In China, to snag a new home buyers may need to pay huge price for parking space

A multi-storey car park is seen next to an apartment building at a housing estate in Jinan, Shandong province, China, on March 12, 2017. PHOTO: REUTERS

HONG KONG (REUTERS) - The cost of car parking spaces in new apartment projects in some Chinese cities is soaring as developers roll out their latest secret weapon to counter home price caps imposed by municipal authorities.

As if contending with sky-high homes prices wasn't enough, some buyers are now forced to fork out as much as 1 million yuan (S$205,474) for car parking spaces in major second-tier cities, such as Tianjin, Xiamen, Hangzhou, Nanjing and Suzhou. They are sold with an apartment worth as little as 2.4 million yuan, in bundled deals that make it compulsory for residents to purchase the parking space.

"There's a price cap on apartments, but not on parking spaces, so we're bundle-selling them with apartments to compensate," said a Shanghai-based developer who declined to be identified due to the sensitivity of the issue. "Recently we sold parking spaces in Xiamen for over 1 million yuan each. Last year one only cost less than 200,000,"he said, referring to spaces in the port city in Fujian province in southeastern China.

To fend off speculators and defuse a housing bubble, major cities across China have slapped a series of restrictions on property markets, including imposing limits on developers'selling prices.

That's prompted property companies to find ways to ride out the tightening measures or skirt them, including delaying the launch of new home sales in the hope that when authorities relax some rules, buyers will jump back into the market and they can release more supply at higher prices.

Top-tier cities such as Shanghai and Beijing have seen a surge in car park prices in the past three to five years, with some asking prices over one million yuan, mostly due to a massive shortage. But second-tier cities are catching up in the past year, and this time driven by bundle-selling, property agents said.

As China's car park marketplace is not active and transparent, it is unclear exactly how much average prices have gained in different cities in the past few years. "In almost every city with a price cap policy in place, if they allow developers to bundle-sell car park spaces, it is happening," said Clement Luk, the CEO for eastern China at realtor Centaline. "In the past, in cities like Nanjing and Suzhou, many car park spaces were below 100,000 yuan, but now many cost over 300,000. Is this a natural price appreciation? Definitely not." He said the bundling had been adopted to skirt price cap policies and manipulate selling prices.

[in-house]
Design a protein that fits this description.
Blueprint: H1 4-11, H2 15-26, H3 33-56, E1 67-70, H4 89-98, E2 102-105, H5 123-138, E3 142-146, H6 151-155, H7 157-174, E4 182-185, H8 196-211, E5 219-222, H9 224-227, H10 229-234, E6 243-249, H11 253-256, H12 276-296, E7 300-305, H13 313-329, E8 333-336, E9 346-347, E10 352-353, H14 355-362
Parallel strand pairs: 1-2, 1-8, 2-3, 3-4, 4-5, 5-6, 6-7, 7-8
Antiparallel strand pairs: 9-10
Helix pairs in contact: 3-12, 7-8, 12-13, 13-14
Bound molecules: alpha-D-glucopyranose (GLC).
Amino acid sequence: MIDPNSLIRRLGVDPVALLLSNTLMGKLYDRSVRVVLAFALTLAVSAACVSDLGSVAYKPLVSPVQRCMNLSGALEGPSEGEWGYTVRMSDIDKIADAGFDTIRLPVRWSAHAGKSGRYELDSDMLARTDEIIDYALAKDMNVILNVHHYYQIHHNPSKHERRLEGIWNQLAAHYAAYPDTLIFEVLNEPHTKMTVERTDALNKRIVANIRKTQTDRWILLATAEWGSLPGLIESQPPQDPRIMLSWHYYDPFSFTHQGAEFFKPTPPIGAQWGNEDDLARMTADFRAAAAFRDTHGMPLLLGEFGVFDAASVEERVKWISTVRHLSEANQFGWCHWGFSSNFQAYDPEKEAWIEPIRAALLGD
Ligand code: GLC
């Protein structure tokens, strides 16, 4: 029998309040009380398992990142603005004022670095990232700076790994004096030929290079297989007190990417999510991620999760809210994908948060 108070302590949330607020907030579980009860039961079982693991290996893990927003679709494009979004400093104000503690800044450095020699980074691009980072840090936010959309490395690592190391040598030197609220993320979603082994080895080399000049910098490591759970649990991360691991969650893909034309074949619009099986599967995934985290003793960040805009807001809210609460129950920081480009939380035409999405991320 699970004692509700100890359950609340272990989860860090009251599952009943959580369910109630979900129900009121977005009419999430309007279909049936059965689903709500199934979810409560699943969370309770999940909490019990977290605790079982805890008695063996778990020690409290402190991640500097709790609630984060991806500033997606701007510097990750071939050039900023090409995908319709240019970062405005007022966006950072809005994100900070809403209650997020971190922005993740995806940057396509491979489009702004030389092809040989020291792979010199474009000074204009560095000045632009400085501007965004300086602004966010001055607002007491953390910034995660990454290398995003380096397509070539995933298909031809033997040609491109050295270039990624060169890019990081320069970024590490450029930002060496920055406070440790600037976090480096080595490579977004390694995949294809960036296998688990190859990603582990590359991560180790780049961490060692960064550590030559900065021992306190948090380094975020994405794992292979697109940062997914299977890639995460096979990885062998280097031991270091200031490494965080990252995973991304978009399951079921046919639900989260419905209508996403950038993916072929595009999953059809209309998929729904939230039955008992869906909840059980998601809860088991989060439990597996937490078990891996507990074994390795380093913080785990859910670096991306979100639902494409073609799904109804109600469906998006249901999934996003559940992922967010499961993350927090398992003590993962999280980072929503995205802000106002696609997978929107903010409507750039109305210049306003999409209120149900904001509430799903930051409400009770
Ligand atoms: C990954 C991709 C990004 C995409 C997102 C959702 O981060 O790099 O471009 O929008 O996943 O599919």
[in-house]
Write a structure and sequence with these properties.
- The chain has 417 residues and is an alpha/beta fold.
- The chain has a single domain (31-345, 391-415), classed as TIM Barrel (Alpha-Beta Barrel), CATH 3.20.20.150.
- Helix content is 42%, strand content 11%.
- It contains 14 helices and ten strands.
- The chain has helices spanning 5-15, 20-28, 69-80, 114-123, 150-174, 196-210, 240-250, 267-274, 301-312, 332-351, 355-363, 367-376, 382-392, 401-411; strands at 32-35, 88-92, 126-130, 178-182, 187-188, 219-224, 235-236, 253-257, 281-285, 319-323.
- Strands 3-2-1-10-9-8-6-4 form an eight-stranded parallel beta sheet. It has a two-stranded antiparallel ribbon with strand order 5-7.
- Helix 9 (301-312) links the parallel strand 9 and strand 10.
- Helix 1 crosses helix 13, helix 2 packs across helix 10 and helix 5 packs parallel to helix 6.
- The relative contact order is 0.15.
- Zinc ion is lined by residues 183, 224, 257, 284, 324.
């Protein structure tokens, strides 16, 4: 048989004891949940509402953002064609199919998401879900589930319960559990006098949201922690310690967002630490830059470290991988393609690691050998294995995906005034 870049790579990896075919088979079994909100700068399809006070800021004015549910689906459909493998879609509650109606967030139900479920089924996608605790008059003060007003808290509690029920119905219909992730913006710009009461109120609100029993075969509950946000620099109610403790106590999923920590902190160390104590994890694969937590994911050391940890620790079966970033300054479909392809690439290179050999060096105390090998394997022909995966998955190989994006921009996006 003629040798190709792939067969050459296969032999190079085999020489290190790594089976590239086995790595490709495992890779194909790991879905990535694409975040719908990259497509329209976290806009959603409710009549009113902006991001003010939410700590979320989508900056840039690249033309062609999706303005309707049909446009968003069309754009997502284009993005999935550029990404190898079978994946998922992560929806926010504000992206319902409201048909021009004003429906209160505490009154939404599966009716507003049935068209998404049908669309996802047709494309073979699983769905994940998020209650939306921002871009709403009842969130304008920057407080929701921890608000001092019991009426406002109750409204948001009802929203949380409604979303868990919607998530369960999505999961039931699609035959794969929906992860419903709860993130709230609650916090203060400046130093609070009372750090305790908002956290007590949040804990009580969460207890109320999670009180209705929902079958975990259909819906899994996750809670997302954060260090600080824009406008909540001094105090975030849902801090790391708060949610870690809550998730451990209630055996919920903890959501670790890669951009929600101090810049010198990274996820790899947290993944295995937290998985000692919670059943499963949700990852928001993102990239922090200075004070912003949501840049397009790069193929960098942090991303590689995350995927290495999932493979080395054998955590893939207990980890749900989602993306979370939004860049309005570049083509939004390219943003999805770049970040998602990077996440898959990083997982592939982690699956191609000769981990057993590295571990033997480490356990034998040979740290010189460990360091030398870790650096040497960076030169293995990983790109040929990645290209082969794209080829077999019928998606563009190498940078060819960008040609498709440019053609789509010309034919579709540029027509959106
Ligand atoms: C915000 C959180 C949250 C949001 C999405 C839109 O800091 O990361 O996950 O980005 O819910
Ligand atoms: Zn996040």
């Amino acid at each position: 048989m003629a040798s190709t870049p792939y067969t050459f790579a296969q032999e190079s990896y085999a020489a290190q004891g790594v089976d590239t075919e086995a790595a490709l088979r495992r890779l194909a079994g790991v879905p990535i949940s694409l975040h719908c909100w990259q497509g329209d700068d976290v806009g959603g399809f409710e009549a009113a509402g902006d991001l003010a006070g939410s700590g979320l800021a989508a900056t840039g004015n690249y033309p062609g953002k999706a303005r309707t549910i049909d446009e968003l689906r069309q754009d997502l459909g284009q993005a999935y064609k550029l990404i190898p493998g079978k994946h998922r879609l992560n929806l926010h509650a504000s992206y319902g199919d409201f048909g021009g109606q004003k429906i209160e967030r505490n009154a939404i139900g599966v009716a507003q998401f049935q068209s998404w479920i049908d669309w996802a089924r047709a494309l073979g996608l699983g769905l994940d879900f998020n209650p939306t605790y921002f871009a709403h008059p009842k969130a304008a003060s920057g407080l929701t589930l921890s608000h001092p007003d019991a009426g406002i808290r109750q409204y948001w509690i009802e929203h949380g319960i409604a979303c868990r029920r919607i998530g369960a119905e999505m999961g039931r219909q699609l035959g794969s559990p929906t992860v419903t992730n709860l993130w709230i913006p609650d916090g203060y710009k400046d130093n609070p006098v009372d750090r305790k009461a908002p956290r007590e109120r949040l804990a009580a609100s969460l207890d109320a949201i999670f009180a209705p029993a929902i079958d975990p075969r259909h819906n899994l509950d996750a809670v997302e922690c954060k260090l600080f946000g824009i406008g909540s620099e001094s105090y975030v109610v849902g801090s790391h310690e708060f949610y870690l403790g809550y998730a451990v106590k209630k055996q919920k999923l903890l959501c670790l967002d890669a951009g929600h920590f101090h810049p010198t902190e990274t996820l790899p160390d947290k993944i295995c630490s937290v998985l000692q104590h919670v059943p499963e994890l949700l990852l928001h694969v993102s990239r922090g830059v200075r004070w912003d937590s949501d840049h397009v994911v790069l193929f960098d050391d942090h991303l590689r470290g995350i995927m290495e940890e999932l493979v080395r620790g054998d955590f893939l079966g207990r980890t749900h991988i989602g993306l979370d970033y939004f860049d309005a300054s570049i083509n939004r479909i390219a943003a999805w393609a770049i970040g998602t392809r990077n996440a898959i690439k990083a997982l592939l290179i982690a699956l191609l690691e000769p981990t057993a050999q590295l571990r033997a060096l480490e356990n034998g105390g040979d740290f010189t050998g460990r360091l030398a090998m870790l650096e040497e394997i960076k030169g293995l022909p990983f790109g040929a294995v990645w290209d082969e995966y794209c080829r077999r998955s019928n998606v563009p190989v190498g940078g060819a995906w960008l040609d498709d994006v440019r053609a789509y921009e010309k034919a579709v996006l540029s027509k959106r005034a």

Authorities in Hangzhou, Nanjing and Tianjin did not reply to emails for comment. Officials in Xiamen and Suzhou could not be reached by email or phone.

Shimao Property, a higher-end developer based in Shanghai, said at an earnings conference on Tuesday that when it is seeking a pre-sales permit for a development it does ask the authorities concerned if it can raise some prices for renovation costs and car parking spaces, said Vice President Jason Hui. He noted it was much easier to get permission to do this in tier two cities than in the biggest ones.

In Xiamen, the bundle-selling strategy has also had an impact on general car park prices. According to the city's official housing website, a high-end project by China Vanke , the country's No. 2 developer, was selling a car park space for as much as 750,000 yuan, while state-backed Poly Real Estate was selling spaces for 500,000 yuan bundled with smaller apartments.

Vanke said the project concerned, Huxin Island, does not involve bundling and home buyers are not forced to acquire a parking space. "The pricing of the car parks is set according to market, we've followed through the approval process accordingly," a company spokesman said.

Poly could not be reached for comment.

PARKING PERILS A property sales manager in Tianjin told Reuters the price of car park spaces in the port city in prime locations had jumped to more than 350,000 yuan - from around 100,000 yuan- this year and some developers there were also bundle-selling.

A woman surnamed Tian, who doesn't own a car, told Reuters she bought an apartment last month in the second-tier city of Hangzhou for 3.4 million yuan. She had no choice but to pay an additional 500,000 yuan for a parking space. "The sales person said I could only buy an apartment if I also bought a car park space, otherwise it's impossible," said Tian, who declined to give her full name due to the sensitivity of the issue. She also declined to give the name of the developer. "Of course I think bundle-selling is not reasonable, but what can I do? There's a shortage of apartments; developers are the boss." Tian said she may buy a car or would consider sub-letting or selling the space if that was an option.

In China, a developer may only sell parking spaces to home owners of the residential development, and many have strict rules to keep non-tenants out of a development, limiting the prospects of sub-letting for home buyers, property agents said.

Bundling has already caught the attention of Shanghai authorities. Officials in the commercial capital announced measures in late July to prohibit the practice, ordering developers to stop forcing buyers to purchase a car parking space with an apartment. "Governments in the first-tier cities have stepped in to stop this loophole, I think other cities will follow suit eventually," said Luk from Centaline.

($1 = 6.5867 Chinese yuan renminbi) (Additional reporting by Shanghai Newsroom; Editing by Martin Howell) Reuters 2017-08-30T07:58:59.000Z(VersionCreatedDate) 2017-08-30T075859Z-828355390-L4N1L01FN-RTRMADT-0-CHINA-PROPERTY-CARPARK-PIX.txt nnnn

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